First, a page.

Even with that familiarity, there is still the natural emotional edge encountered by anyone preparing to represent their country on the biggest stage. Tierney is comforted that so many of his Celtic colleagues are beside him in Gordon Strachan’s national squad.

Scott Brown, Leigh Griffiths, Stuart Armstrong, Craig Gordon and James Forrest are all present and correct at the Scotland team hotel in the Renfrewshire countryside. Most, if not all, are expected to be handed important roles in tomorrow’s match after being left out of Wednesday’s 1-1 friendly draw with Canada. Only Griffiths featured as a second-half substitute.

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Strachan is keen to harness the relentless winning mentality fostered at Parkhead this season since the arrival of Brendan Rodgers as manager.

“There probably are a little bit of nerves but because there are a few Celtic boys here you can be yourself and you are with them straight away. Everyone is really welcoming,” said Tierney.

“It’s good for Celtic that there are so many international Scottish players. Everyone brings their own bit of positivity to the group and obviously what Celtic have done this season has been great. If we can add any positivity if we get the chance to play, then that’s what we will do.

“I’m not rooming with any of the Celtic boys, though. I’m in with Olly Burke because we made the jump to the first team at the same time. We were in the same Under-19 Euros campaign. Every squad I’ve been with him. He’s good, but I feel comfortable I could share with anyone.”

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It is an indictment of Scotland’s international failure for nearly two decades is the fact Tierney has yet to experience watching his country play in a major championship. Born in 1997, he turned one just five days before the opening match of the 1998 World Cup in France - the last time there was a Caledonian presence on the biggest international stage.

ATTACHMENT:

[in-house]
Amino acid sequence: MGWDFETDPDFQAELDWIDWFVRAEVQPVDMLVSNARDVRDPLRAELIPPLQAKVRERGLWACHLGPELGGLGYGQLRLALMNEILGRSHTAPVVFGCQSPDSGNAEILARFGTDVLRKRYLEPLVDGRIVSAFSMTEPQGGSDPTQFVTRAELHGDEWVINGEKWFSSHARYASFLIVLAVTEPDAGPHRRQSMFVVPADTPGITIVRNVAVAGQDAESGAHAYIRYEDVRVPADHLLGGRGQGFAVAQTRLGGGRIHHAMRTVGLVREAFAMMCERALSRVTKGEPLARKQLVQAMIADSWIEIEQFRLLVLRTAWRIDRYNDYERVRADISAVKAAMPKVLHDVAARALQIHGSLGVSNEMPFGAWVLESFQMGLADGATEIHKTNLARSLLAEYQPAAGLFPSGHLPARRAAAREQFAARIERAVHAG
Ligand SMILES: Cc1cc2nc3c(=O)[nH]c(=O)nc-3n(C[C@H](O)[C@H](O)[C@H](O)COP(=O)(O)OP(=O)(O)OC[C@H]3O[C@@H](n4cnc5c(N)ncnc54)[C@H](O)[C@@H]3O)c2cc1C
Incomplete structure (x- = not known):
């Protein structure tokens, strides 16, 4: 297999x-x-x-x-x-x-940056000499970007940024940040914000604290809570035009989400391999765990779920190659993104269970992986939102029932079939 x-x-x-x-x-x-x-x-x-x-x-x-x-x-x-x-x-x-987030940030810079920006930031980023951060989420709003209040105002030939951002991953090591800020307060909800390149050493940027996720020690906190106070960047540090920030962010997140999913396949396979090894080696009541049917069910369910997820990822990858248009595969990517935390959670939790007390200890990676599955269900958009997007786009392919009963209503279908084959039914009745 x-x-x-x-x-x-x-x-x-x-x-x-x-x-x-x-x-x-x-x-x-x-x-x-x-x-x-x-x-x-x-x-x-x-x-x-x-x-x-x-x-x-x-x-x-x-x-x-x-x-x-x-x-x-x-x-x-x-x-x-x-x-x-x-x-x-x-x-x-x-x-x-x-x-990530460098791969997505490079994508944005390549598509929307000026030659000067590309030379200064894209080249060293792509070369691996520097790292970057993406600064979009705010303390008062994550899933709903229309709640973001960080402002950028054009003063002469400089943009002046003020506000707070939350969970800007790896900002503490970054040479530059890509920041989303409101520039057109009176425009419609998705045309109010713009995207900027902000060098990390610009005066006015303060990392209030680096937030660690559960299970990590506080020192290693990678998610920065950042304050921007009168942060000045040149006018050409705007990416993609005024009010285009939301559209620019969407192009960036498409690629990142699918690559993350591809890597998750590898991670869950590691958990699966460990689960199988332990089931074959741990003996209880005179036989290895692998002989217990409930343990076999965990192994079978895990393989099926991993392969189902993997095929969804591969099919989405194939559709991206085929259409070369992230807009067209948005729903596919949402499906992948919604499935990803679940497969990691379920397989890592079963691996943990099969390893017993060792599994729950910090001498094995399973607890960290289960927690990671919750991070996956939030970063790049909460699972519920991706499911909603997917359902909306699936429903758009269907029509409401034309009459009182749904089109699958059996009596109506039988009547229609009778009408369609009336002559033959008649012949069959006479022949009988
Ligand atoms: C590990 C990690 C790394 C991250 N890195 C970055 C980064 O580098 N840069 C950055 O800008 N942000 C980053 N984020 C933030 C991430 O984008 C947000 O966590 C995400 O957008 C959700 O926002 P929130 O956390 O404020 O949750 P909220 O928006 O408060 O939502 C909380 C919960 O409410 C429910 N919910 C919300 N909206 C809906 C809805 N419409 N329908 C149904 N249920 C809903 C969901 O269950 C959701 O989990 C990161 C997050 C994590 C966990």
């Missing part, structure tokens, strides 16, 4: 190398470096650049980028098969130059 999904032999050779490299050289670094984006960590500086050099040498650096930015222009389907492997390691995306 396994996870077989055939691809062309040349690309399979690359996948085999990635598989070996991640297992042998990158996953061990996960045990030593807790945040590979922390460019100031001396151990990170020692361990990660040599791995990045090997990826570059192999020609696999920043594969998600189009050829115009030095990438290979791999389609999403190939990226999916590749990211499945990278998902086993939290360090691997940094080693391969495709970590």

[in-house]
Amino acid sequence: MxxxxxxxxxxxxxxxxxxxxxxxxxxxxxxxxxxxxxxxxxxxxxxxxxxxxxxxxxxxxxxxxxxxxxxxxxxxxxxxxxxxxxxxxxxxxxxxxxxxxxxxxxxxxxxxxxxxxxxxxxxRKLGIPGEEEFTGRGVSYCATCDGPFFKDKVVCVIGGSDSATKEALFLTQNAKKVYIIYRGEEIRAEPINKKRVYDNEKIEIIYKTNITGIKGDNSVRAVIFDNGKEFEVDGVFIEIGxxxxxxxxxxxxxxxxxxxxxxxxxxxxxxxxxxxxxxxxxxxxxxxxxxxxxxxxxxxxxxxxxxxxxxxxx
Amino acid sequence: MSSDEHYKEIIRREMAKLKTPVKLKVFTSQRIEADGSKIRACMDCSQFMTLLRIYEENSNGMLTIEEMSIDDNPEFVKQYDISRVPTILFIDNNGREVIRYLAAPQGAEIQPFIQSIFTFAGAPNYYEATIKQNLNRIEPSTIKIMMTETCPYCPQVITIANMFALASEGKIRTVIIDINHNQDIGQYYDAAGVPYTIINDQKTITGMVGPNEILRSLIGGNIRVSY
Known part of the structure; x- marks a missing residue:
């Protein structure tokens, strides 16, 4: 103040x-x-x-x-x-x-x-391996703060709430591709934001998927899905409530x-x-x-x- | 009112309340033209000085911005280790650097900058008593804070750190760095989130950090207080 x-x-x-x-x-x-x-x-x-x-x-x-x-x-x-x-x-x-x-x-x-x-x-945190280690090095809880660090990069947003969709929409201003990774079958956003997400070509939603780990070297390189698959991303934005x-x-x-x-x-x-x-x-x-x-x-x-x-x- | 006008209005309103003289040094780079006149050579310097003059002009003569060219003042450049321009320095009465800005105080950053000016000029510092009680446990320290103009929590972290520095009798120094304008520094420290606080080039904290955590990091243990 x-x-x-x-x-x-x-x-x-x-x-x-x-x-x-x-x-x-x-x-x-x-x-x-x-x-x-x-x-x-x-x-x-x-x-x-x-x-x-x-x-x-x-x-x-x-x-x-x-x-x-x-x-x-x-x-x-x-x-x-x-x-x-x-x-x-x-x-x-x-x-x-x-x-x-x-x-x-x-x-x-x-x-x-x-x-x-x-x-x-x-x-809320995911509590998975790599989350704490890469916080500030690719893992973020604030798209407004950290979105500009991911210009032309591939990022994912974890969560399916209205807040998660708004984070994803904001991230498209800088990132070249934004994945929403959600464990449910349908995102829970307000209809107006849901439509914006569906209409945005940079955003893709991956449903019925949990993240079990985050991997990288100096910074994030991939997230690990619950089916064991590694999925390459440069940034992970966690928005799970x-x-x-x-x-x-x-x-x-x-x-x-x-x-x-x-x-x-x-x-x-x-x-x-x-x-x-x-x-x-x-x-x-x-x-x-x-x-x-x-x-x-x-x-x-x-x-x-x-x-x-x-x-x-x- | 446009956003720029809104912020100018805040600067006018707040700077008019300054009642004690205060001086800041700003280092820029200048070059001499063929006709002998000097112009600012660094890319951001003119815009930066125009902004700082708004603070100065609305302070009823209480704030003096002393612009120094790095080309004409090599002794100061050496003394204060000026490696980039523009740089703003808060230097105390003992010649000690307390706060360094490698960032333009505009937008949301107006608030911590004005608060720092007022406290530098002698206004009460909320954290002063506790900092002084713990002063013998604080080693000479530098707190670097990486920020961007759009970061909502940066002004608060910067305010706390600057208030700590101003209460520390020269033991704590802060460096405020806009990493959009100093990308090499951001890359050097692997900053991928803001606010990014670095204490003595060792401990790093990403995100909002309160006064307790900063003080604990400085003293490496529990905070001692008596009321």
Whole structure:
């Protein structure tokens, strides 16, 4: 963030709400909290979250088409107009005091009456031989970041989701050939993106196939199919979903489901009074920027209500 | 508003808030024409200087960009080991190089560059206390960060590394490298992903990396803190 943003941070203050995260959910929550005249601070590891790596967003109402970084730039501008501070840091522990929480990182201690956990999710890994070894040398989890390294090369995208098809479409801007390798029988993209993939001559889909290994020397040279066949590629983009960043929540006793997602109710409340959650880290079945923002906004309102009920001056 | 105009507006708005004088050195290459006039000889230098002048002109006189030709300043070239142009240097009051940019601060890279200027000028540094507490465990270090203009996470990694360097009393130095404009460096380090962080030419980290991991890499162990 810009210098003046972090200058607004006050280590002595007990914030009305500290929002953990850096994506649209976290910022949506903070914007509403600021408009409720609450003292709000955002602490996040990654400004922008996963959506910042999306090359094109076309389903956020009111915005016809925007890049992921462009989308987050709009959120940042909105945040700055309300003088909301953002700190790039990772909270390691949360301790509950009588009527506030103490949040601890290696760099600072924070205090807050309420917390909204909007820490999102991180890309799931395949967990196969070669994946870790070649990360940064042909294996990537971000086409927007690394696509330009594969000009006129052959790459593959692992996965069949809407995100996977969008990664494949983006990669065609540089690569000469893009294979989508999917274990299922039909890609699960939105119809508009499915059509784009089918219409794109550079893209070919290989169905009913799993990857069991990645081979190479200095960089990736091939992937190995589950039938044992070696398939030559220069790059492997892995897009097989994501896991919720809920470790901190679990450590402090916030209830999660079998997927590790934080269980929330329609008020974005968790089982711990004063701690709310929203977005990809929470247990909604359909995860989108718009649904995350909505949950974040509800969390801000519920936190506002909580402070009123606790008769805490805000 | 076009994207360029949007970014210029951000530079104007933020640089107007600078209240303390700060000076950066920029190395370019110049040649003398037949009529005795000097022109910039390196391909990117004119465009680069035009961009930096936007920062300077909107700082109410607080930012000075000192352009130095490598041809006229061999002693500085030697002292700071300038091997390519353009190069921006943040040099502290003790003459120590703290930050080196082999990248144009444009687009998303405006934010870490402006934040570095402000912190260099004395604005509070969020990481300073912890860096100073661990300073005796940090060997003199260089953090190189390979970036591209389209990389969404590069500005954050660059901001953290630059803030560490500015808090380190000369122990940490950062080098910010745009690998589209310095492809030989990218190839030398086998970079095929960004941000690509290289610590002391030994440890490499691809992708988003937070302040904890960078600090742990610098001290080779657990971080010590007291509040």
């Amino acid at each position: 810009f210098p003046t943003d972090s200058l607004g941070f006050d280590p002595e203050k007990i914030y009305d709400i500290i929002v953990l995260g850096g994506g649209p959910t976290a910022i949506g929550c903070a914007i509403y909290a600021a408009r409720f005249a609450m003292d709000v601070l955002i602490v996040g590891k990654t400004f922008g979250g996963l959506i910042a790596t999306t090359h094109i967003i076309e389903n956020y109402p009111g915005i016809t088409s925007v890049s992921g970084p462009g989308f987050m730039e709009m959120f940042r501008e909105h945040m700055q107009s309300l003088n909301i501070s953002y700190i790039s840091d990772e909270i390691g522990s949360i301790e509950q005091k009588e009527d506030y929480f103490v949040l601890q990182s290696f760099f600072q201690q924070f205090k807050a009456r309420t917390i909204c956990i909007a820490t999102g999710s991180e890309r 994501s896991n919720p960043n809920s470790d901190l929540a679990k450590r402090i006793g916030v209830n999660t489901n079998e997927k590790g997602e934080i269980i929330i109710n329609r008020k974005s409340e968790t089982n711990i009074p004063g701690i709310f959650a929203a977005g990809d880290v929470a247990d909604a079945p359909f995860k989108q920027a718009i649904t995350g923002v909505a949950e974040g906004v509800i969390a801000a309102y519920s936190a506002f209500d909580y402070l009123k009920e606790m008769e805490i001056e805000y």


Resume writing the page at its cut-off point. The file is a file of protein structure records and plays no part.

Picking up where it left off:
Anything other than victory tomorrow will extend that depressing sequence beyond the 20-year mark. “We’d like to change that now and hopefully we can. “Everyone is doing everything we can on the training field, we’re working hard every day. We want to make it right,” said Tierney.

It almost seems unfair to burden one so young with such a huge responsibility. Being a Celtic player teaches you how to handle expectation, though. The Glasgow club’s 25-point advantage at the top of the Ladbrokes Premiership indicates they have no issue handling pressure.

“It’s hard because the games are tight. They are hard games. We’re not so far ahead just like that,” insisted Tierney. “We’ve worked hard to get there, it’s not come as easy every team challenges you. I wouldn’t say anything is easy.”

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Although not a first-choice at Parkhead this season, Griffiths is arguably Scotland’s most natural finisher and may well be asked to lead the forward line against Slovenia.

“He’s working very hard in training,” said Tierney. “It’s hard work and everyone gets fitter, so fitness won’t be a problem for him. It’s just about when he gets on the park. Hopefully he does really well, as he did against Canada.”